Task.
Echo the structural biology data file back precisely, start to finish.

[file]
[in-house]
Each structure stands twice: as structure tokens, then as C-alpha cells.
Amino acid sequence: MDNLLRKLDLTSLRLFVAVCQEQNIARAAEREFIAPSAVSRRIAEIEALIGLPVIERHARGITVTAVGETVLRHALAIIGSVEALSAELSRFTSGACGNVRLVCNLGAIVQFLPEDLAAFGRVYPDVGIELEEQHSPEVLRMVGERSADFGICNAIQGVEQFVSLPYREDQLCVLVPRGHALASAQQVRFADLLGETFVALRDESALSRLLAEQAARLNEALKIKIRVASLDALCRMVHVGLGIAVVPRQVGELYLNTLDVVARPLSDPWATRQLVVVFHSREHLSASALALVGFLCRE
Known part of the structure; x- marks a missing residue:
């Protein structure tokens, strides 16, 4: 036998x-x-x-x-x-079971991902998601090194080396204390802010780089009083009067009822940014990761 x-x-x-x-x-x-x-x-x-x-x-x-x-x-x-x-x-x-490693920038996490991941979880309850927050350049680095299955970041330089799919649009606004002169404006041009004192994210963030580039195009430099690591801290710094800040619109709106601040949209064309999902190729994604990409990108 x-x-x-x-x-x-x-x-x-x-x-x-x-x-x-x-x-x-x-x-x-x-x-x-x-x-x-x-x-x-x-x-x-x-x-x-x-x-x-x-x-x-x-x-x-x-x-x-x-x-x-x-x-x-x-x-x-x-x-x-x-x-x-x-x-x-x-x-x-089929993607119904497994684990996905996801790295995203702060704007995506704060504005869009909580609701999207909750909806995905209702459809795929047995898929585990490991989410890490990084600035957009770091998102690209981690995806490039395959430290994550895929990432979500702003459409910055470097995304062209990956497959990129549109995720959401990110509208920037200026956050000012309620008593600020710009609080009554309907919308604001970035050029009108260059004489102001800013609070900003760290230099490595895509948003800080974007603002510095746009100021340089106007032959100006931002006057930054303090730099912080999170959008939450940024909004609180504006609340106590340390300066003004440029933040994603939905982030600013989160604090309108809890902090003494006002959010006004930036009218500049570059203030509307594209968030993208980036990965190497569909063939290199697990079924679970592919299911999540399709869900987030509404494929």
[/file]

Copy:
[in-house]
Each structure stands twice: as structure tokens, then as C-alpha cells.
Amino acid sequence: MDNLLRKLDLTSLRLFVAVCQEQNIARAAEREFIAPSAVSRRIAEIEALIGLPVIERHARGITVTAVGETVLRHALAIIGSVEALSAELSRFTSGACGNVRLVCNLGAIVQFLPEDLAAFGRVYPDVGIELEEQHSPEVLRMVGERSADFGICNAIQGVEQFVSLPYREDQLCVLVPRGHALASAQQVRFADLLGETFVALRDESALSRLLAEQAARLNEALKIKIRVASLDALCRMVHVGLGIAVVPRQVGELYLNTLDVVARPLSDPWATRQLVVVFHSREHLSASALALVGFLCRE
Known part of the structure; x- marks a missing residue:
């Protein structure tokens, strides 16, 4: 036998x-x-x-x-x-079971991902998601090194080396204390802010780089009083009067009822940014990761 x-x-x-x-x-x-x-x-x-x-x-x-x-x-x-x-x-x-490693920038996490991941979880309850927050350049680095299955970041330089799919649009606004002169404006041009004192994210963030580039195009430099690591801290710094800040619109709106601040949209064309999902190729994604990409990108 x-x-x-x-x-x-x-x-x-x-x-x-x-x-x-x-x-x-x-x-x-x-x-x-x-x-x-x-x-x-x-x-x-x-x-x-x-x-x-x-x-x-x-x-x-x-x-x-x-x-x-x-x-x-x-x-x-x-x-x-x-x-x-x-x-x-x-x-x-089929993607119904497994684990996905996801790295995203702060704007995506704060504005869009909580609701999207909750909806995905209702459809795929047995898929585990490991989410890490990084600035957009770091998102690209981690995806490039395959430290994550895929990432979500702003459409910055470097995304062209990956497959990129549109995720959401990110509208920037200026956050000012309620008593600020710009609080009554309907919308604001970035050029009108260059004489102001800013609070900003760290230099490595895509948003800080974007603002510095746009100021340089106007032959100006931002006057930054303090730099912080999170959008939450940024909004609180504006609340106590340390300066003004440029933040994603939905982030600013989160604090309108809890902090003494006002959010006004930036009218500049570059203030509307594209968030993208980036990965190497569909063939290199697990079924679970592919299911999540399709869900987030509404494929």